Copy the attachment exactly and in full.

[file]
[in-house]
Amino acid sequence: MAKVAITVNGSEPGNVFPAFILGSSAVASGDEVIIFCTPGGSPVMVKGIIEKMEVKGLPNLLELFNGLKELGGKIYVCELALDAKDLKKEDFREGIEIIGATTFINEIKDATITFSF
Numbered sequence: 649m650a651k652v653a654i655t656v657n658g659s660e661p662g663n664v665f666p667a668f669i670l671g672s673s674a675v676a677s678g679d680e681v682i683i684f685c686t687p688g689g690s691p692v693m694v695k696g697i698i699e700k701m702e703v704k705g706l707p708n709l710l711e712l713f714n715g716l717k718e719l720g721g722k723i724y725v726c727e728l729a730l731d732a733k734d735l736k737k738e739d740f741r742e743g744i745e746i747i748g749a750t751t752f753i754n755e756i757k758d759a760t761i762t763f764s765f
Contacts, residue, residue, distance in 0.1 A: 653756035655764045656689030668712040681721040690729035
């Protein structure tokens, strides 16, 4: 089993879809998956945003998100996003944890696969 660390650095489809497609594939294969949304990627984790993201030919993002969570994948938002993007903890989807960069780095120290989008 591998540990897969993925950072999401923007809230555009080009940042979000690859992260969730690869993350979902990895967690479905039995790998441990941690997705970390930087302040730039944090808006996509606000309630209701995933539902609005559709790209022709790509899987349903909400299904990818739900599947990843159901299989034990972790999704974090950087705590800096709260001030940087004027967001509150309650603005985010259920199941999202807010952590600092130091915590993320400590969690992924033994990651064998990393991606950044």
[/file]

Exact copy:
[in-house]
Amino acid sequence: MAKVAITVNGSEPGNVFPAFILGSSAVASGDEVIIFCTPGGSPVMVKGIIEKMEVKGLPNLLELFNGLKELGGKIYVCELALDAKDLKKEDFREGIEIIGATTFINEIKDATITFSF
Numbered sequence: 649m650a651k652v653a654i655t656v657n658g659s660e661p662g663n664v665f666p667a668f669i670l671g672s673s674a675v676a677s678g679d680e681v682i683i684f685c686t687p688g689g690s691p692v693m694v695k696g697i698i699e700k701m702e703v704k705g706l707p708n709l710l711e712l713f714n715g716l717k718e719l720g721g722k723i724y725v726c727e728l729a730l731d732a733k734d735l736k737k738e739d740f741r742e743g744i745e746i747i748g749a750t751t752f753i754n755e756i757k758d759a760t761i762t763f764s765f
Contacts, residue, residue, distance in 0.1 A: 653756035655764045656689030668712040681721040690729035
């Protein structure tokens, strides 16, 4: 089993879809998956945003998100996003944890696969 660390650095489809497609594939294969949304990627984790993201030919993002969570994948938002993007903890989807960069780095120290989008 591998540990897969993925950072999401923007809230555009080009940042979000690859992260969730690869993350979902990895967690479905039995790998441990941690997705970390930087302040730039944090808006996509606000309630209701995933539902609005559709790209022709790509899987349903909400299904990818739900599947990843159901299989034990972790999704974090950087705590800096709260001030940087004027967001509150309650603005985010259920199941999202807010952590600092130091915590993320400590969690992924033994990651064998990393991606950044």